Impaired loans are evaluated and valued at the time the loan is identified as impaired. The loans are measured based on the value of the collateral securing these loans, or techniques that are not based on market activity for loans that are not collateral dependent and require management’s judgment. Collateral may be real estate and/or business assets including equipment, inventory and/or accounts receivable. The value of real estate collateral is determined based on appraisals by qualified licensed appraisers hired by the Company. The value of business equipment may be based on an appraisal by qualified licensed appraisers hired by the Company if significant, or may be valued based on the equipment’s net book value on the business’ financial statements. Inventory and accounts receivable collateral may be valued based on independent field examiner review or aging reports, if significant. Reviews by field examiners may be conducted based on the loan exposure and reliance on this type of collateral. Appraised and reported values may be discounted based on management’s historical knowledge, changes in market conditions from the time of valuation, and/or management’s expertise and knowledge of the client and client’s business. Impaired loans are reviewed and evaluated on at least a quarterly basis for additional impairment and adjusted accordingly, based on the same factors identified above.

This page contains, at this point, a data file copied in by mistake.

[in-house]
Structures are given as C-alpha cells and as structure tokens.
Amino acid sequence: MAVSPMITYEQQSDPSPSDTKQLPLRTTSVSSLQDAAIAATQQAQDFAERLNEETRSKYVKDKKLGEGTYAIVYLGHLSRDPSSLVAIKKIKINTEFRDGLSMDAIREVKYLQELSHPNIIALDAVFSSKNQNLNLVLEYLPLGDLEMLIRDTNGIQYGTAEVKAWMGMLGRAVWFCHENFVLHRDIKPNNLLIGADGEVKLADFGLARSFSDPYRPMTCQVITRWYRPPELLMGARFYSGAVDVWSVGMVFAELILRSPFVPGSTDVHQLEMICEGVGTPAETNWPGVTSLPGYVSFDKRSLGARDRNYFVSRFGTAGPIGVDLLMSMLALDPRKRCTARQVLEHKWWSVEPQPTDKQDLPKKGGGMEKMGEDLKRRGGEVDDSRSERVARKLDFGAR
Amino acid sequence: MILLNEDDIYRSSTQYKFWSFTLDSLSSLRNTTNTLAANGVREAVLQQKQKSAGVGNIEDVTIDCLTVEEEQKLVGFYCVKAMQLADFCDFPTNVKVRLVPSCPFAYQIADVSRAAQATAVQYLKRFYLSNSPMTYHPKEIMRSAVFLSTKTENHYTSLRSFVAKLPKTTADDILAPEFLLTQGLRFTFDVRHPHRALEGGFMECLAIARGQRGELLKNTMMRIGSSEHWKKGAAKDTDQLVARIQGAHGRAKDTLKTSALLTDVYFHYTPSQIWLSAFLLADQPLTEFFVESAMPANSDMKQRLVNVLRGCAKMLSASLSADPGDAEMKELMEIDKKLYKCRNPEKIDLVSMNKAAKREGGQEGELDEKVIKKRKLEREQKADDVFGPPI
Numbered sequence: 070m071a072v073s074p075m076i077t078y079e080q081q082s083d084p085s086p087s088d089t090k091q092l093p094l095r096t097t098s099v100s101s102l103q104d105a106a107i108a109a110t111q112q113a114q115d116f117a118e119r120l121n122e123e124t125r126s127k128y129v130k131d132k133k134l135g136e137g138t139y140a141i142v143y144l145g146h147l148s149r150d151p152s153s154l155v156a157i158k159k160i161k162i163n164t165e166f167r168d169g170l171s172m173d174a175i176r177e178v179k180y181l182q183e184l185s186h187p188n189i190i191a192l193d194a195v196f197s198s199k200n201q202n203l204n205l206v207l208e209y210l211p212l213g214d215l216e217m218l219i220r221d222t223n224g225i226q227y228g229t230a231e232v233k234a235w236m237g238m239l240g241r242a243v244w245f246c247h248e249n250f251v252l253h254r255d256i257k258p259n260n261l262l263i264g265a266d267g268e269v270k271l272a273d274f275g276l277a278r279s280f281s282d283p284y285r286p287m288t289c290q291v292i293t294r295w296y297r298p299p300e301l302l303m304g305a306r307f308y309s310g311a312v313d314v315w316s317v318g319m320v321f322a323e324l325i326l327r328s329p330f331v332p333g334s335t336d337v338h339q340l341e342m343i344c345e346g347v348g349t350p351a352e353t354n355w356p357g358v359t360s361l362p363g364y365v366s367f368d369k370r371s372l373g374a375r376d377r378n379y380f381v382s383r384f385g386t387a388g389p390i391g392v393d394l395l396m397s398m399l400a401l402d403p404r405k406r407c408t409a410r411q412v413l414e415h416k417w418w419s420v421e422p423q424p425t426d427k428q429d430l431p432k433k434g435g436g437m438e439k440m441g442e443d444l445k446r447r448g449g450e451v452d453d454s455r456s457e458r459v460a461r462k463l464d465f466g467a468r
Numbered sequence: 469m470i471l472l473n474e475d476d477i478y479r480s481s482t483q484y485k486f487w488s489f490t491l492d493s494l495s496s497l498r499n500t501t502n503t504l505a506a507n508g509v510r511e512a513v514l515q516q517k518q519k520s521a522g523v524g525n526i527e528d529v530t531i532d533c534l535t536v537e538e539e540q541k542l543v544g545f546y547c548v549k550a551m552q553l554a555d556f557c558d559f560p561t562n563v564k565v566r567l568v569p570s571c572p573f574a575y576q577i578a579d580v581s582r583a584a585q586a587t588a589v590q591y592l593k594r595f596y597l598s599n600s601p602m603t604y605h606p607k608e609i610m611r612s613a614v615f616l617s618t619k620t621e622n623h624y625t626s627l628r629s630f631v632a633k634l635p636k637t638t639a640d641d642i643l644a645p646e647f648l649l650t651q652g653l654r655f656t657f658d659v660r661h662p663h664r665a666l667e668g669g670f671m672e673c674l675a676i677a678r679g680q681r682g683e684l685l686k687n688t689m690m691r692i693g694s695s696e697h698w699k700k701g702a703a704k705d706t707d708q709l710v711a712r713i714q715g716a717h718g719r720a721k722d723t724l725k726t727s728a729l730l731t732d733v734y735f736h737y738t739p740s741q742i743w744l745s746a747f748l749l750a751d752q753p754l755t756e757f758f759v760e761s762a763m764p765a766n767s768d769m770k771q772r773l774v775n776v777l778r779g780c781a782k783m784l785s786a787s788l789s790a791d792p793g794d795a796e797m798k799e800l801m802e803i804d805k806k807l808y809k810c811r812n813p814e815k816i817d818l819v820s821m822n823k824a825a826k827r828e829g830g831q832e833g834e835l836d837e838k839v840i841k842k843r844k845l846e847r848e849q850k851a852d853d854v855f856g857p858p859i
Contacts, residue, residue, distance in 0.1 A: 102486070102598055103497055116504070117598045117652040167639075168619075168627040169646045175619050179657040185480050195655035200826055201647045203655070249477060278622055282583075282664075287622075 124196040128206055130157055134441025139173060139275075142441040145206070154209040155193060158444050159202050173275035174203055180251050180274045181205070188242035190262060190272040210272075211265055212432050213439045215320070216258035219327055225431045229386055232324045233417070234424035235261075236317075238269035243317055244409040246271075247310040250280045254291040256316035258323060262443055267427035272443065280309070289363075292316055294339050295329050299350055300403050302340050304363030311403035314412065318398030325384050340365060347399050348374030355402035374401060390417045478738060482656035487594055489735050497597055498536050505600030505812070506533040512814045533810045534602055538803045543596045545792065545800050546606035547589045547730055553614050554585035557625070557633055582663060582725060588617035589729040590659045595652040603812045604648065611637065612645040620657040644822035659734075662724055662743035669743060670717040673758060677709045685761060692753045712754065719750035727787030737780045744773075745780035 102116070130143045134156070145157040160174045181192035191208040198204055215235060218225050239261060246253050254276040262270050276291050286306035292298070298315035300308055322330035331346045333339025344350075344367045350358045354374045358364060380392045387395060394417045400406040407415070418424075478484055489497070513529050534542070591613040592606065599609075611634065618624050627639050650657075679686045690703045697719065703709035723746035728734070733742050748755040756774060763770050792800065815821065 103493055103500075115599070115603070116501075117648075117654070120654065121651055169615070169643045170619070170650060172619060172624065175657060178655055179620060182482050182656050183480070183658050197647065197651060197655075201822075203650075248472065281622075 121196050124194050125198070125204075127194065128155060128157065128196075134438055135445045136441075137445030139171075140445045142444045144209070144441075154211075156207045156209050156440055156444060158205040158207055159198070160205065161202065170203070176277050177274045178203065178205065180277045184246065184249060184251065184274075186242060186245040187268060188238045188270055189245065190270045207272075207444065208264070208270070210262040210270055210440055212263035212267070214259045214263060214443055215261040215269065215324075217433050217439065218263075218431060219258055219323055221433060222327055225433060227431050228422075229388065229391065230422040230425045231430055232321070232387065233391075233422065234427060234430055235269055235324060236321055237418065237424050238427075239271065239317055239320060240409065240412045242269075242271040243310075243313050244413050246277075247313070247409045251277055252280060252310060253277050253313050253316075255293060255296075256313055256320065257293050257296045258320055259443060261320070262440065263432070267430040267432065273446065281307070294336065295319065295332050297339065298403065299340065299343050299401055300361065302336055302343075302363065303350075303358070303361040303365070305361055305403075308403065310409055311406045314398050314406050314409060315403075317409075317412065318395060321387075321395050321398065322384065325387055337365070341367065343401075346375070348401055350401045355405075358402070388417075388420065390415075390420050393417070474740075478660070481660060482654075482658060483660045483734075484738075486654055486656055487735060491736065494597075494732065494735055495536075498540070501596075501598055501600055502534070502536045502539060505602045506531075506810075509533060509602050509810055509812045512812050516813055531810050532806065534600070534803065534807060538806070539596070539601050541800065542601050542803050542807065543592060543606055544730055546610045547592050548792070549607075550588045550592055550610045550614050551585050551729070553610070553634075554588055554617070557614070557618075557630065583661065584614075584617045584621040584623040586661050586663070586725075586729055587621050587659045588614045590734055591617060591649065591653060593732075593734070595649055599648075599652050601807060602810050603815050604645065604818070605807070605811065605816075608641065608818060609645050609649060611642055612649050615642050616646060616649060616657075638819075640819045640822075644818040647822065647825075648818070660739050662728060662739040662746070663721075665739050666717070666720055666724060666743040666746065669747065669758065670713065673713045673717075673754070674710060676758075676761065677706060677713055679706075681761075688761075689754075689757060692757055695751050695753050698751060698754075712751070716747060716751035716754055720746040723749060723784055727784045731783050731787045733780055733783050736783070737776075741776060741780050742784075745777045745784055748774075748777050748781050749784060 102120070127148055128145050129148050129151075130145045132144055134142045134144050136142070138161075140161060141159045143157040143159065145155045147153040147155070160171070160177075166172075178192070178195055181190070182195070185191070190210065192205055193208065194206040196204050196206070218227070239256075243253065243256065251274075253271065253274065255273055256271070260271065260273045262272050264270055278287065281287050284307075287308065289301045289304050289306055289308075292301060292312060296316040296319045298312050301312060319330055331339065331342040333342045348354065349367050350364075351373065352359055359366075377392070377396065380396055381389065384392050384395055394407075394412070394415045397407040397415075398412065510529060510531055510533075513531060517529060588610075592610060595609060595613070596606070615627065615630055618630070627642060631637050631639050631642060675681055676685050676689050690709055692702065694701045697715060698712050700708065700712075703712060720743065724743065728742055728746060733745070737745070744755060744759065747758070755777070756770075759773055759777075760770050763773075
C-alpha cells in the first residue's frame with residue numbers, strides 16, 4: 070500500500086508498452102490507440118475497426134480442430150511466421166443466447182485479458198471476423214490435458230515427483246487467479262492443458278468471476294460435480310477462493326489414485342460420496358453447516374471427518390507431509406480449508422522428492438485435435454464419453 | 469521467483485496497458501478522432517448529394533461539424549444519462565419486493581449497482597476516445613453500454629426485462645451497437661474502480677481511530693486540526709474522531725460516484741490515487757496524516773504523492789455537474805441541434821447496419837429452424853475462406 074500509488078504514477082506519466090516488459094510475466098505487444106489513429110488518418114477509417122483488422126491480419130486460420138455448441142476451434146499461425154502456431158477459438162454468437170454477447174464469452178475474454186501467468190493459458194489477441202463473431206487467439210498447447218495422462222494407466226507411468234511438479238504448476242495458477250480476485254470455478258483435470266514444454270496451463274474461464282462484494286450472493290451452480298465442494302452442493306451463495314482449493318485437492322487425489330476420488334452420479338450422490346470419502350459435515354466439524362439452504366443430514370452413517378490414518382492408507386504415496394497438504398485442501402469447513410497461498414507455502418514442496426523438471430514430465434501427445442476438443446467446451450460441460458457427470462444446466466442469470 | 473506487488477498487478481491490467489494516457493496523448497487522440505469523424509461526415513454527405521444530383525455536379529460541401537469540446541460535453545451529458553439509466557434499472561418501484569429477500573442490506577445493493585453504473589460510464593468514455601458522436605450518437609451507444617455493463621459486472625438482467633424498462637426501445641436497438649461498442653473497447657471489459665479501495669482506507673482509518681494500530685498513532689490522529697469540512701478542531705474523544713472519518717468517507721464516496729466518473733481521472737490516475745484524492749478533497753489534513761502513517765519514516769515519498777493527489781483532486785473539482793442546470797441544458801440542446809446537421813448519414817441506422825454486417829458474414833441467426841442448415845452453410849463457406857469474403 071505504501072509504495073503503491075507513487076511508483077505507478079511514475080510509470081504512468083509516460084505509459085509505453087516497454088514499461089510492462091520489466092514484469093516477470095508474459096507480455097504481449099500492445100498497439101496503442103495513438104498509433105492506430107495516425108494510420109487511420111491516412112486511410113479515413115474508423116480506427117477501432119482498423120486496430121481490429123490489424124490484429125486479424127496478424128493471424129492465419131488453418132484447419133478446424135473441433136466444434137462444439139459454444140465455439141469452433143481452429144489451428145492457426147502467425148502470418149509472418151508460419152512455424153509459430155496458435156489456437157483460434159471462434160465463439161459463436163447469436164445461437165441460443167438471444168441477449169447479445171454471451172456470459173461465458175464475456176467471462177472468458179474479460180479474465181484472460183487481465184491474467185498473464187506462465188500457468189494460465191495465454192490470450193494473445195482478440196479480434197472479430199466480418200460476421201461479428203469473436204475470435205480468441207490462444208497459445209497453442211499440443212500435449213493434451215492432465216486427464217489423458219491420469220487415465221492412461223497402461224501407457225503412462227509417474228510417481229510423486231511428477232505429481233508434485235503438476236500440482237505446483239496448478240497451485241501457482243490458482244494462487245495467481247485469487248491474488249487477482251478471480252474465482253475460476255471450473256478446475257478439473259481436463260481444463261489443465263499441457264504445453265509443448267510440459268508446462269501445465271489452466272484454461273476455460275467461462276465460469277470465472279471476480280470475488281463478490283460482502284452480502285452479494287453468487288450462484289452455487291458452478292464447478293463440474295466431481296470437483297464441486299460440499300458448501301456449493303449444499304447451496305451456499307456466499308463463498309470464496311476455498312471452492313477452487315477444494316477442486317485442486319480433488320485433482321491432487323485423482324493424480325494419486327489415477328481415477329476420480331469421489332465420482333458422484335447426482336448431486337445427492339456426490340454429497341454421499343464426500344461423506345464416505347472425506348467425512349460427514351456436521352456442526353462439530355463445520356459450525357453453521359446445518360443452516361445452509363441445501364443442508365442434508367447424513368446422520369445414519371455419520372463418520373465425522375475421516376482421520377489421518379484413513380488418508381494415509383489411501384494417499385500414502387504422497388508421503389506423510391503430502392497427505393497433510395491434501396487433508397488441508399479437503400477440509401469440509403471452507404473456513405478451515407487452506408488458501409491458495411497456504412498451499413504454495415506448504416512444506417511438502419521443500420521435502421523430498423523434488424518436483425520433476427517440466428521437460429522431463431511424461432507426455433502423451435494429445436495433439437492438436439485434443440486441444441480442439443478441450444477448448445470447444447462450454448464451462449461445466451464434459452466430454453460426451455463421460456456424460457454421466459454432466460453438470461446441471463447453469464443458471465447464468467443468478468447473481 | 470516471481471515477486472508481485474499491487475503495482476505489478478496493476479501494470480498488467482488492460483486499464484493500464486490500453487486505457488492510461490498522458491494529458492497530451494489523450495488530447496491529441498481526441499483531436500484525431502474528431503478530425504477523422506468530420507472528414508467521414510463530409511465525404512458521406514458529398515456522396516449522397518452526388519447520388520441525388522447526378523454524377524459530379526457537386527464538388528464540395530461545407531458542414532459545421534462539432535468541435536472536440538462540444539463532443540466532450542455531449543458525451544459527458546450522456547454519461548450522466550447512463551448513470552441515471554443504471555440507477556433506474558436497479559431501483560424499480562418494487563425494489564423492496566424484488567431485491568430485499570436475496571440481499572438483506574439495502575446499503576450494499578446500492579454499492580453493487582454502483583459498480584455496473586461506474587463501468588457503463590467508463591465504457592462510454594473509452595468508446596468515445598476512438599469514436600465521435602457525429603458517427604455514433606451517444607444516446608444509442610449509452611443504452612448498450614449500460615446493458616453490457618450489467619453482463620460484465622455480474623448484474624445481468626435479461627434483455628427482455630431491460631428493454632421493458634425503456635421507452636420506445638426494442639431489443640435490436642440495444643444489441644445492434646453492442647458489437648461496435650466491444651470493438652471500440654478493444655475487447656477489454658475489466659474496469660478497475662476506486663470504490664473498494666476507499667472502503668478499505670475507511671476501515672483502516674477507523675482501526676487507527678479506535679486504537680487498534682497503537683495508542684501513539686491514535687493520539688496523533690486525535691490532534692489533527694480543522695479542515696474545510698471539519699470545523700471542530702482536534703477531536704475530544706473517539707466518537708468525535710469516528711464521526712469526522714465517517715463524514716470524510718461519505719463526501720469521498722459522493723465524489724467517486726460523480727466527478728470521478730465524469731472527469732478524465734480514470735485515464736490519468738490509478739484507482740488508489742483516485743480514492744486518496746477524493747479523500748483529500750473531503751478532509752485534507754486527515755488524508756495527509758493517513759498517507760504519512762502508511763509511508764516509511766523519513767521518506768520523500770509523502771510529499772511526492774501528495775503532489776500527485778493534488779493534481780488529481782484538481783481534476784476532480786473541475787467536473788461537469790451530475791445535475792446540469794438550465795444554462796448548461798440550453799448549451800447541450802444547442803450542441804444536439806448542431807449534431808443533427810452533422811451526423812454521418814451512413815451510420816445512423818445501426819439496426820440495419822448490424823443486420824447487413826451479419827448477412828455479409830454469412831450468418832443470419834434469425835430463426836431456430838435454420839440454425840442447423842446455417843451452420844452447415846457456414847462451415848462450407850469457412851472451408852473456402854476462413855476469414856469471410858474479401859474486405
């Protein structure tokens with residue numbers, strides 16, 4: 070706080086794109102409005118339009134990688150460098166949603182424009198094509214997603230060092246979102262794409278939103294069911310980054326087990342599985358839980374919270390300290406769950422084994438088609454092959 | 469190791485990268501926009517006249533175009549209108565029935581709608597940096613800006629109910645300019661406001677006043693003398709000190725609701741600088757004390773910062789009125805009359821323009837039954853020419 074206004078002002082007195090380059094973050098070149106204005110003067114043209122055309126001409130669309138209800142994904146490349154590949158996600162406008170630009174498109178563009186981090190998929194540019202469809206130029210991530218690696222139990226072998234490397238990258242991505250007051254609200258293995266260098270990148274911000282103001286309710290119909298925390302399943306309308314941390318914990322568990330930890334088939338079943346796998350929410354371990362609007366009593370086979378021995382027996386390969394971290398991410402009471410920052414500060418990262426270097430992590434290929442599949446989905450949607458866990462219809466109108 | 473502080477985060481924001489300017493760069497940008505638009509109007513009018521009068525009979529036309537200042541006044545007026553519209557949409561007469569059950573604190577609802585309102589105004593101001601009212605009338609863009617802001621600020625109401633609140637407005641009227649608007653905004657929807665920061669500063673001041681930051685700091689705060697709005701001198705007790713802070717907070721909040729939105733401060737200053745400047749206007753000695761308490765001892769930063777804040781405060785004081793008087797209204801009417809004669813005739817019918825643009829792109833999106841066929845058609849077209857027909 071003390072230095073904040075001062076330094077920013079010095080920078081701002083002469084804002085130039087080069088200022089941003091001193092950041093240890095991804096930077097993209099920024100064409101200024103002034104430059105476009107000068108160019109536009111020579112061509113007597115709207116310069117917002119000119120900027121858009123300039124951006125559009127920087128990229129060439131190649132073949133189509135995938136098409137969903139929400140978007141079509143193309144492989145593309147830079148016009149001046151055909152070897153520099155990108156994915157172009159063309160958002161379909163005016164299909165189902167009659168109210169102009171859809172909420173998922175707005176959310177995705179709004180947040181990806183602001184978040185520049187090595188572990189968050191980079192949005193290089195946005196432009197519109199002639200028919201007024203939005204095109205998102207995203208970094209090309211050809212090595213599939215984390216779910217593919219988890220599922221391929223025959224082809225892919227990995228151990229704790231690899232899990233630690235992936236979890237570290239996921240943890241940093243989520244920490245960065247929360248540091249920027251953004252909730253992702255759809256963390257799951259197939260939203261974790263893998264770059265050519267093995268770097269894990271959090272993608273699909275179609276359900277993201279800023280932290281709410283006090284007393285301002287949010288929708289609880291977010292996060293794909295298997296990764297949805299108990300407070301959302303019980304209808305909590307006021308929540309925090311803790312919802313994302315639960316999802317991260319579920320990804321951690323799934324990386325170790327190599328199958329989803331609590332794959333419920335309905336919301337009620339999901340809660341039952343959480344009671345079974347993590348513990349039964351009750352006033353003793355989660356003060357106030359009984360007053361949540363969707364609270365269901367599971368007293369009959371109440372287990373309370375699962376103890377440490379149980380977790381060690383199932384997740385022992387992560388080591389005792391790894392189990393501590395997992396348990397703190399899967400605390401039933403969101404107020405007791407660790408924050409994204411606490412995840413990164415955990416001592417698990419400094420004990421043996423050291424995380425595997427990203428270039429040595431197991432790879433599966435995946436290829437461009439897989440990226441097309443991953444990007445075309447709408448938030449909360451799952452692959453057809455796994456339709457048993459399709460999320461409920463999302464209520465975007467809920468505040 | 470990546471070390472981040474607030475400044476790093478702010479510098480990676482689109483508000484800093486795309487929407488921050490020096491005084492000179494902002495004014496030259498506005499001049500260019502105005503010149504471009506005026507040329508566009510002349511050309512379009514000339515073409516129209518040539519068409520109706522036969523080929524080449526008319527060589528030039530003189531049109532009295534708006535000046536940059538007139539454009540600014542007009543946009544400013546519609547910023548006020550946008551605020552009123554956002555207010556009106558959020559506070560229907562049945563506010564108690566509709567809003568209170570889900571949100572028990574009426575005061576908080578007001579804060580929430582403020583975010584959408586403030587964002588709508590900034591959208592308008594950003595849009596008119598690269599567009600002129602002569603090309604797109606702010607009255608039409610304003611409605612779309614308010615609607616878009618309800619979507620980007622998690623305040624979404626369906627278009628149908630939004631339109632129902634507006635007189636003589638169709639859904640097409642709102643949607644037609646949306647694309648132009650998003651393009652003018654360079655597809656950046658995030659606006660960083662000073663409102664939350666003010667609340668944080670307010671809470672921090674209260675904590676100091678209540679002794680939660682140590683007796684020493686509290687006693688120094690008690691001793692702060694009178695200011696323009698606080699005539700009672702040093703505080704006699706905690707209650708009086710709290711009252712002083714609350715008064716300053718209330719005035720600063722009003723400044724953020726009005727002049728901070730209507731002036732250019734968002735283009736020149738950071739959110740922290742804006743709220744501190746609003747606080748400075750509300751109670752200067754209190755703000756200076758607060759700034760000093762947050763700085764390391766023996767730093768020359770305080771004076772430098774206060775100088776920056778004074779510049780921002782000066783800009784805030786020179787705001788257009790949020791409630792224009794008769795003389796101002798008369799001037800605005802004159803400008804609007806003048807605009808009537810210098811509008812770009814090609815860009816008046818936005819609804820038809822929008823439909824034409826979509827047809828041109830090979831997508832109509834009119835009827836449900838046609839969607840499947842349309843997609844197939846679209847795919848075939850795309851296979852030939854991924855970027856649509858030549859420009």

The following tables summarize the valuation of financial instruments measured at fair value on a recurring basis in the condensed consolidated statements of condition at June 30, 2012 and December 31, 2011, including the additional requirement to segregate classifications to correspond to the major security type classifications utilized for disclosure purposes: (in thousands)